Colors of Noise: Rihanna’s “ANTI”

“I got to do things my own way darling,” Rihanna sings on “Consideration,” the opening track to her highly anticipated eighth studio album, ANTI. Actually, to say the album was anticipated is understating just how exhausting the wait for the record really was. Plagued by constant setbacks and multiple shifts in sound, fans were left wondering if this album even existed, and if it would be worth the almost four-year wait.

Well, rejoice! The album does, in fact, exist, and has finally been released. ANTI is meant to be a turning point for Rihanna, pushing the star in a new artistic direction. Though whether said direction is the right one for her is what I’ll be talking about here.

Rihanna first began the album campaign over a year ago by releasing the Kanye West and Paul McCartney assisted track “FourFiveSeconds,” a folk number which proved to be a complete 180-degree career shift in terms of image and sound. After the single performed worse than expected, she followed-up with the controversially good “Bitch Better Have My Money,” a triumphant and aggressive statement that reminded the listener it was she who “called the shots.” She then released “American Oxygen,” a song that was practically dead on arrival. After the song’s release in March, Rihanna took a break. A long, nine month break.

When ANTI finally hit online in late January, not a single song released from the previous year was to be found on it. Instead, the album was filled with moody, subdued R&B material; truly the “anti-Rihanna” that the album’s title promised. With this sound comes an increased confidence and self-awareness. The global superstar has never sounded more sensual than on album highlight “Kiss It Better,” a song that evokes the R&B genre of the 90s. The track is a far more mature and family-friendly approach to the topic of sex than, say, her 2010 mega-hit “S&M.” As the album progresses, Rihanna displays her vocals like never before, with songs such as the whiskey-filled “Higher” and electronic “Needed Me.” These songs allow Rihanna to perfectly blend her unique style of pop and urban into a newer, fresher approach.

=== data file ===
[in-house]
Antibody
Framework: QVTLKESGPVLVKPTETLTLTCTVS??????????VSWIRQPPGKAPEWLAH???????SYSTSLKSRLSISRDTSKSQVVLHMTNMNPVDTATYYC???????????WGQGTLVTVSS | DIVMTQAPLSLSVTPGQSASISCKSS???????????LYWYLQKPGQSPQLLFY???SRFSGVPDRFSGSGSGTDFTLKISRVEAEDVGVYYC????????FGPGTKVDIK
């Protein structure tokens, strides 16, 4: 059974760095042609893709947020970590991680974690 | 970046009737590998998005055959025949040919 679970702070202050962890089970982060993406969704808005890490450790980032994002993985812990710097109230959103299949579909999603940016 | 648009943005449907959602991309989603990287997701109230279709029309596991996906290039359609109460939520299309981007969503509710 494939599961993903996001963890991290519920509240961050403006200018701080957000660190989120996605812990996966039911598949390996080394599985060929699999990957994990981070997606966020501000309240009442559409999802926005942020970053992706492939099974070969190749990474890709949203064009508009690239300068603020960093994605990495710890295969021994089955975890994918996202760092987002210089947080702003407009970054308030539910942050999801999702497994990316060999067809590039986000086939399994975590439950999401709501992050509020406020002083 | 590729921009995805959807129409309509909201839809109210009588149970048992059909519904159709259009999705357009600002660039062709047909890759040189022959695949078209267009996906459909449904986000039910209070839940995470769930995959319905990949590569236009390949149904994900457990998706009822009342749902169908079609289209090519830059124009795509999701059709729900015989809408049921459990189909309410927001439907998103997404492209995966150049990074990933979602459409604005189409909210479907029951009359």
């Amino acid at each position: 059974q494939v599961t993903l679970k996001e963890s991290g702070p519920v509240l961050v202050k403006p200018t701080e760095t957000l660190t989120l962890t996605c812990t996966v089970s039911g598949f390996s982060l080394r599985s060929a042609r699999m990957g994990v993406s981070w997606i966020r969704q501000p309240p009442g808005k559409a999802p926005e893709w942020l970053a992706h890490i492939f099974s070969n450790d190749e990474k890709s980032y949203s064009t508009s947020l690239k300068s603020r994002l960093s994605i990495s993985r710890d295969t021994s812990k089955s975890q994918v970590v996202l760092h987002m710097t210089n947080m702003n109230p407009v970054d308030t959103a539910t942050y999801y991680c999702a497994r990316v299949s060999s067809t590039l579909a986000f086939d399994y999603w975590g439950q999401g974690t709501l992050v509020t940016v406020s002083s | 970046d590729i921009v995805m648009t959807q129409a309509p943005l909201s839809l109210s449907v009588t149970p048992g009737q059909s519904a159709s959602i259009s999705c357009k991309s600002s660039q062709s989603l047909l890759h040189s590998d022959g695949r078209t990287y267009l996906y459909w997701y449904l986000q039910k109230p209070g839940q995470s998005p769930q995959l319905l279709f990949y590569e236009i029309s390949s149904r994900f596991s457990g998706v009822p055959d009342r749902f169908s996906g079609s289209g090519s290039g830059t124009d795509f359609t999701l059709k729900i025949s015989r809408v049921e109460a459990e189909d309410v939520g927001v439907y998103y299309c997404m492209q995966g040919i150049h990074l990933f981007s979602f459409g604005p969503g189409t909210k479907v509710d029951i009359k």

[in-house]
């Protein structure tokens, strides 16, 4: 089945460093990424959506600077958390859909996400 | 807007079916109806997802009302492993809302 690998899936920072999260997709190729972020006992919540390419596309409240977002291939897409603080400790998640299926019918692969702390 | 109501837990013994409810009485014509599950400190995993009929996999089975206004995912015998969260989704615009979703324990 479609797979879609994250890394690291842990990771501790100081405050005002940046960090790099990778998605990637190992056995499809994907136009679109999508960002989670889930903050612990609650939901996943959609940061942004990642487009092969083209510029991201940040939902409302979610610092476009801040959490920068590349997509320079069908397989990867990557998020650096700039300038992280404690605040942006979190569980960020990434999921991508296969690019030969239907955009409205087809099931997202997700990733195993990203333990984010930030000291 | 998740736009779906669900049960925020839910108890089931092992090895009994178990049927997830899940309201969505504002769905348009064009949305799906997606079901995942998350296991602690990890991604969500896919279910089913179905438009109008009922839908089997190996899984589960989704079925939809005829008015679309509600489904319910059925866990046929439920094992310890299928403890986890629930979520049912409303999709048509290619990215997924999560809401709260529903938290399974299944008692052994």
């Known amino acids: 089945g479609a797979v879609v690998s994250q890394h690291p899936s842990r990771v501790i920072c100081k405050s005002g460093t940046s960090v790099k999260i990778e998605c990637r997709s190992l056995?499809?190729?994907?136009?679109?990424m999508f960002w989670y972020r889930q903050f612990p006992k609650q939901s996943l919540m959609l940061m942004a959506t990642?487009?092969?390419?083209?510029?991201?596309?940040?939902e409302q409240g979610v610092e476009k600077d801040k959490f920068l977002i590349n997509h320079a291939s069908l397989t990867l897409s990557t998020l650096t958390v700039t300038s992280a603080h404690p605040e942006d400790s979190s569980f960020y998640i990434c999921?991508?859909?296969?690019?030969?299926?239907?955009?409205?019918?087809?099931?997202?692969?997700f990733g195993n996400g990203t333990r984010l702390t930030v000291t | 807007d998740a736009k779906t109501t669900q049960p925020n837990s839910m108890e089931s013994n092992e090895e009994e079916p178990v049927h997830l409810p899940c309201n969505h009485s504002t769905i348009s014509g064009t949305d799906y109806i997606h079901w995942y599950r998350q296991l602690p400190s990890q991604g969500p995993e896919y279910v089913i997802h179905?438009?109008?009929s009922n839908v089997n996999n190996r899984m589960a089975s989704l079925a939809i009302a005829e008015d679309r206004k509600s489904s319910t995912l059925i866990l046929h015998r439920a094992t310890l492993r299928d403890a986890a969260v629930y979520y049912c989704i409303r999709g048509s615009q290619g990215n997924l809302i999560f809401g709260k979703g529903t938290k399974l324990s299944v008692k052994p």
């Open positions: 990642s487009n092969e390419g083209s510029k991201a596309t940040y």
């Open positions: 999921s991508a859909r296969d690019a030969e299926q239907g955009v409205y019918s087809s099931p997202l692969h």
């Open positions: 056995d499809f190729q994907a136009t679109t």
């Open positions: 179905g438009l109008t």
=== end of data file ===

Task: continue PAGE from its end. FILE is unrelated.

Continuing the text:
All the positives aside, this new approach doesn’t always equate to the gold promised at the end of ANTIdiaRY, an online promotional campaign for the album that was essentially created to stall the public while Rihanna finished recording the album. Though ANTI  has no true missteps, its faults come in the stagnation of the record. The 16-track deluxe edition of the album clocks in at only 50 minutes, though it feels much longer.

Songs such as “Yeah, I Said It,” or the jarring “Woo,” allow the album to float by the listener, almost feeling cold to listen to. Also thrown in the mix is a truly random cover of indie rock band Tame Impala’s “New Person, Same Old Mistakes.” The song, here titled “Same Ol’ Mistakes,” though a great version, is a verbatim remake of the 2015 original and adds nothing to the record. As the album concludes, listeners see a glimpse of the folk side hinted at by “FourFiveSeconds,” though at this point, these songs almost feel like they belong on a completely different album.

Although ANTI had a hard time getting off of the ground, it has finally arrived. Shown through an album cover displaying her as a child, and a personally written poem laid across the cover in braille, the record was an obvious attempt to reestablish Rihanna as a serious musician in a post-Adele society. This results in sounds that are darker and mysteriously personal lyrics. While the record has many gleaming moments, including the vocal-soaring “Love on the Brain,” ANTI places too much attention on displaying this new-found artistry in Rihanna, leaving one crucial part of this supposed reflective album out: herself.

3 out of 5 stars.

— Jake Johnson, Music Blogger


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